Why Does Your Startup Sound Like a Startup?
Have you noticed that if you visit a couple dozen websites of YC or TechStars companies, each one kinda feels like the same person wrote the headlines for all of them? They all sound like a startup website, or perhaps what a founder _thinks _a startup website should sound like, rather than a human voice that consumers can identify with.
It’s largely because the copy is overly direct. The messaging is consumed with what a product does, not why it exists or why it matters to the target audience.
This is a problem, since being direct about what your thing does is okay, it’s just not usually ideal. That’s because, if you want to build a brand, there’s more to messaging than stating your main feature in a 48pt TypeKit font.
Explicit statements about your main feature, while factually accurate, aren’t typically the most effective methods for eliciting user behavior change, i.e. paying you money or using your app routinely.
As famous ad man Bill Bernbach said,
“Because an appeal makes logical sense is no guarantee that it will work.”
“It’s not just what you say that stirs people. It’s the way you say it.”
That might be a hard pill to swallow, particularly for people who are by their nature extremely logical, but consider the following headlines taken from startup websites:
- Group chat using the web, im, email or phone
- The easy way to run a contest online
- The simplest way to build amazing mobile apps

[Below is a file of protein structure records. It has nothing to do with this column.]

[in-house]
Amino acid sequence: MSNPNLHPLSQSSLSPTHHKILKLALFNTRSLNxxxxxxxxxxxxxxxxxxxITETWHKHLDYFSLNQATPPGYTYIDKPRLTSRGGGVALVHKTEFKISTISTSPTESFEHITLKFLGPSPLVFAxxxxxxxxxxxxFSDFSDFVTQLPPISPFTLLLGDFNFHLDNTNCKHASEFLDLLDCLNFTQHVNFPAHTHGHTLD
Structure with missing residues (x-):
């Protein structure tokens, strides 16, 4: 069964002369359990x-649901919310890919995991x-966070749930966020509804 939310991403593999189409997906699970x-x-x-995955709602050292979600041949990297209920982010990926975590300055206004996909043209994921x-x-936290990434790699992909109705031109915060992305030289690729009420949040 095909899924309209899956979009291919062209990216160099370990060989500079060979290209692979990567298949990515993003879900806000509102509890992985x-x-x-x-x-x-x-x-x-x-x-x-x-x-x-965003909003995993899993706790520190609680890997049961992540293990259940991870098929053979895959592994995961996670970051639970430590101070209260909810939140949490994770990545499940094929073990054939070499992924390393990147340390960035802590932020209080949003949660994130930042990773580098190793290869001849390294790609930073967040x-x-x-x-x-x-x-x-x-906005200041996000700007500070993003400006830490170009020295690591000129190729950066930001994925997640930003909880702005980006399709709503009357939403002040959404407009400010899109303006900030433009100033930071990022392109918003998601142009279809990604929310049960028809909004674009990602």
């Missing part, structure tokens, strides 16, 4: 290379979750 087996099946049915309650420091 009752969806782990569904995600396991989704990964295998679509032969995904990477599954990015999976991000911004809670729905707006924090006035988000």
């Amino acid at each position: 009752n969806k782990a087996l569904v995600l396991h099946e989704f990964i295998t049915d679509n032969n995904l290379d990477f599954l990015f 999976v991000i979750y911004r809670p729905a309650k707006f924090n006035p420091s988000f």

- Build and share your resume
- Surprisingly simple. Accept credit cards for your business
- Chat with your Customers
- An easy way to keep notes, lists, ideas, and more
These headlines are all from the sites of successful startups, but each illustrates a thought that should serve as the beginning of the message strategy, not the message itself.
Consider another Bernbach quote:
“Finding out what to say is the beginning of the communication process. How you say it makes people look and listen and believe. And if you are not successful at that you have wasted all the work and intelligence and skill that went into discovering what you should say.”
The headlines above are fruits of the “what should we say?” process; they yet haven’t fully fleshed-out how to say it meaningfully. And that’s why startups sound like starups: they abort the creative process and opt for the obvious and banal.
Of all the online contest tools on the market, simply stating that yours is an easy solution does nothing to affect the emotions and beliefs of the audience. There are lots of online contest tools. Why should anyone care about this one?
If your product’s core benefit is that it truly is an easy way to run a contest online, that’s the point of departure for further exploration about the message of your brand, not the message itself.
When a message remains at the logical level, users are left to compare based on tangible features, and, more importantly for them, on price alone. Would you rather create loyal customers through messaging that evokes a strong emotional identification with your message and mission, or would you prefer to compete only on pricing and features?
Bernbach’s call is to push past the obvious rational appeals based on features, functionality, and price, and bring forth the motivating “why?” of your brand’s meaning. At that level, customers begin to understand and identify with the core benefit you provide, which they can’t get from anyone else. Features and price points then serve as logical justification for their emotional response. You move beyond price competition and create vocal advocates who would use your product no matter the cost.
Logic, then, is important, but only in its function as support for the more compelling approach that emerges when you identify how best to communicate that core idea.
At that level, startups stop sounding like a startups, and begin sounding and feeling more like brands.